To Skill or Not to Skill: Waivers and COVID-19
As a result of COVID-19, CMS announced under section 1812(f) of the Social Security Act to waive the 3-day hospitalization coverage requirement for a skilled nursing facility stay effective as of 3/1/2020. This waiver allows for temporary emergency coverage for SNF services without the previously required qualifying hospital stay, and it also is directed towards those residents who have experienced dislocations and/or are otherwise affected by COVID-19 emergency. This waiver targets those residents who were either evacuated from a nursing home in an emergency area, discharged from a hospital in order to provide care for more seriously ill patients, and/or needed SNF care as a result of the emergency. With this new waiver, a skilled nursing facility can complete the following:
- Skill residents directly from the community (no hospitalization required)
- Skill current long term residents
- No hospital transfer is required at all
- No 60 day break required for residents who have exhausted and still need daily skilled nursing care
Learn more about the CMS Waiver guidelines by reading the full report.
Many providers have expressed some concerns and/or questions regarding the use of waivers especially when it comes to current long-term care residents and their ability to qualify as skill in place. There are some important questions to consider when trying to decide whether or not a resident would qualify under this waiver which include the following:
- Does the resident meet the skilled criteria for care?
- Has the resident’s care been impacted as a result of COVID-19?
- Does the direct care staff have the competencies in place to care for this resident?
Before determining the COVID-19 impact, the first question has to be whether or not the resident requires skilled services. To assist with this question, It is important to go back and revisit what qualifies as skilled care which has NOT changed with the waiver. For skilled services, one of the following must be met:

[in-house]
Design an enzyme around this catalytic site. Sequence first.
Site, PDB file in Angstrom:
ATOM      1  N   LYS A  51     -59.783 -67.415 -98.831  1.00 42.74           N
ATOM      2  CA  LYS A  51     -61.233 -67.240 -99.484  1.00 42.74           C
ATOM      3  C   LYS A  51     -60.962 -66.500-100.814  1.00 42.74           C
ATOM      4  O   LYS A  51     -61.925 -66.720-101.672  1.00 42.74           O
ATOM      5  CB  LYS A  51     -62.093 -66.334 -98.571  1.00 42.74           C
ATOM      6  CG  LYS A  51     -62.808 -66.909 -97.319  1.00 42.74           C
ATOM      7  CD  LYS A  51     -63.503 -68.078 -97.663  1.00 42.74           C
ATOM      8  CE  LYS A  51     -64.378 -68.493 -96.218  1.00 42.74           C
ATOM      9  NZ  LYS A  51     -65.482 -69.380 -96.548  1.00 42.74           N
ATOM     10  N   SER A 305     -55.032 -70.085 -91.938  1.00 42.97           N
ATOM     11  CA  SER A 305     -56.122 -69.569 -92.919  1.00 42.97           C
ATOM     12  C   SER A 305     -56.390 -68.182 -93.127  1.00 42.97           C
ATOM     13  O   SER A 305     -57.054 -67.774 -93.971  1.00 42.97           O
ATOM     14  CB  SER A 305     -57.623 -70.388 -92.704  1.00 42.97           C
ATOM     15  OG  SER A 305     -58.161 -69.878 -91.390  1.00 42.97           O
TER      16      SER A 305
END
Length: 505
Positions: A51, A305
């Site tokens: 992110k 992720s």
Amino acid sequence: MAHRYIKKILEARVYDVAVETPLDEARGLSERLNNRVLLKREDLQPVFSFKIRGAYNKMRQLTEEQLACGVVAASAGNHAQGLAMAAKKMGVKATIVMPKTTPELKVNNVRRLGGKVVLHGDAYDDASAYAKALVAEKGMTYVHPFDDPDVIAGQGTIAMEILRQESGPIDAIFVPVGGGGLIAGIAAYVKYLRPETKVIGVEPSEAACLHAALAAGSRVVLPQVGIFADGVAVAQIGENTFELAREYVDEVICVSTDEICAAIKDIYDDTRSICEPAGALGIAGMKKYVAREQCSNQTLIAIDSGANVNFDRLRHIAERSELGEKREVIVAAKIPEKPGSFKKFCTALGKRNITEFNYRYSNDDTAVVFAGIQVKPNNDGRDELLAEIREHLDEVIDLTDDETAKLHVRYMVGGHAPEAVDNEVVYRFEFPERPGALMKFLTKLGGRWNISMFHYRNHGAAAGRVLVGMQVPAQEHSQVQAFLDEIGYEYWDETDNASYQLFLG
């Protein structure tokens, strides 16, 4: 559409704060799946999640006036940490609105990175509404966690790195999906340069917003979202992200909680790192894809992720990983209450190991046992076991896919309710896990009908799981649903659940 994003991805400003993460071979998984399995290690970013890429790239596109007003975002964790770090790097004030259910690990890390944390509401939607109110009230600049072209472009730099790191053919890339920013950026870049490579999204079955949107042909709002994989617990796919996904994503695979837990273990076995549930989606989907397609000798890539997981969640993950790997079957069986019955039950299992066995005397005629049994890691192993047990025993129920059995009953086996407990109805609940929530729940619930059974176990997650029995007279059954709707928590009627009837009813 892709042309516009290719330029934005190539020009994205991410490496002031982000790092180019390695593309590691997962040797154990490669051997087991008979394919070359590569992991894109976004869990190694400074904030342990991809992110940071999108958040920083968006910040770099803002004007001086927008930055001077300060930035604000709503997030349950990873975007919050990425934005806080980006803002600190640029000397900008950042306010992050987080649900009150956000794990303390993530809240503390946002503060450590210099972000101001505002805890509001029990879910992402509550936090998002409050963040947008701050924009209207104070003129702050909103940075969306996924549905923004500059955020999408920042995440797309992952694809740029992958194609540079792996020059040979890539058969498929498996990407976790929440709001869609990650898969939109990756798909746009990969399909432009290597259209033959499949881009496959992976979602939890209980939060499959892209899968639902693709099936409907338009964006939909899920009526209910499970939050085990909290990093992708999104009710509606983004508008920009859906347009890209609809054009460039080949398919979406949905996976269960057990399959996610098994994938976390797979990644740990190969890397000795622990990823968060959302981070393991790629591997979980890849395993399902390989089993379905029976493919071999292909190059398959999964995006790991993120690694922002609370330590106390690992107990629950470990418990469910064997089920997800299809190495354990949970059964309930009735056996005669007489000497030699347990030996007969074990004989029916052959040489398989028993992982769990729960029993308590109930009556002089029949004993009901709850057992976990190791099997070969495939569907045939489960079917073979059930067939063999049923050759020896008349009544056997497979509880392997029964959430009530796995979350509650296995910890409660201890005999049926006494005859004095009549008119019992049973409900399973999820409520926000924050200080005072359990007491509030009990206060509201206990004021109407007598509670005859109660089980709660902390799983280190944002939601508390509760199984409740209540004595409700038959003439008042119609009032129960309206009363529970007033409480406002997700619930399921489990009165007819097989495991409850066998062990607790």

- 7 days a week for nursing services and/or
- 5-7 days per week for therapy
The coverage categories for skilled care include:
- Skilled therapy
- Skilled nursing
- Observation and Assessment
- Coordination or care plan
- Teaching and training
If the resident does not meet the above criteria for skilled services, the resident cannot be skilled. It is important to remember that a resident may still be skilled for nursing without any therapy services. While this does not happen as frequently, it can still be completed.
Once the resident has been determined to require skilled services, the second question has to do with the portion of the waiver that states that it only applies to those beneficiaries “who experience dislocations or are otherwise affected by the emergency”. This may appear confusing at first when trying to decide which residents would qualify as “skill in place”, but it is important to remember the primary reason for the waiver which is COVID-19. As long as you keep this in mind, it will help provide some assistance when determining which residents may qualify for the waiver.
For example, If a physician decides to treat a resident in house for a change in condition, like acute Pneumonia or COPD exacerbation, instead of sending that resident to the hospital where there is a high risk of exposure to COVID-19, then that resident may qualify as a “skill in place”. The physician, as well as the care team, must provide the necessary documentation regarding the change in condition as well as the reason why the resident qualified as a “skill in place” instead of transferring to the hospital.
Finally, the last question has to do with the competencies of the care staff. In the above example, the resident would only qualify as skill in place if the direct care staff had the competencies in place to care for the resident whether it be IV’s, etc. If the resident’s condition were to deteriorate and an intervention was needed that the staff were not competent in, then the resident would require a transfer to a higher level of care. During this time, it is important to go back and revisit your Facility-Wide Assessment and determine what resident populations, diagnoses, and conditions are the direct staff competent in and able to care for. Does the Facility-Wide Assessment need to be updated with additional education, training, and competencies to care for higher acuity residents?
If you have additional questions and/or concerns, Synergy Care Inc., in affiliation with Broussard Healthcare Consulting, is here to help provide the additional support if needed for your organization amidst the COVID-19 pandemic.
For more information about how Synergy Care Inc. and/or Broussard Healthcare Consulting can help, please contact email@example.com or check out our dedicated COVID-19 resource page at www.synergycare.com/COVID-19.
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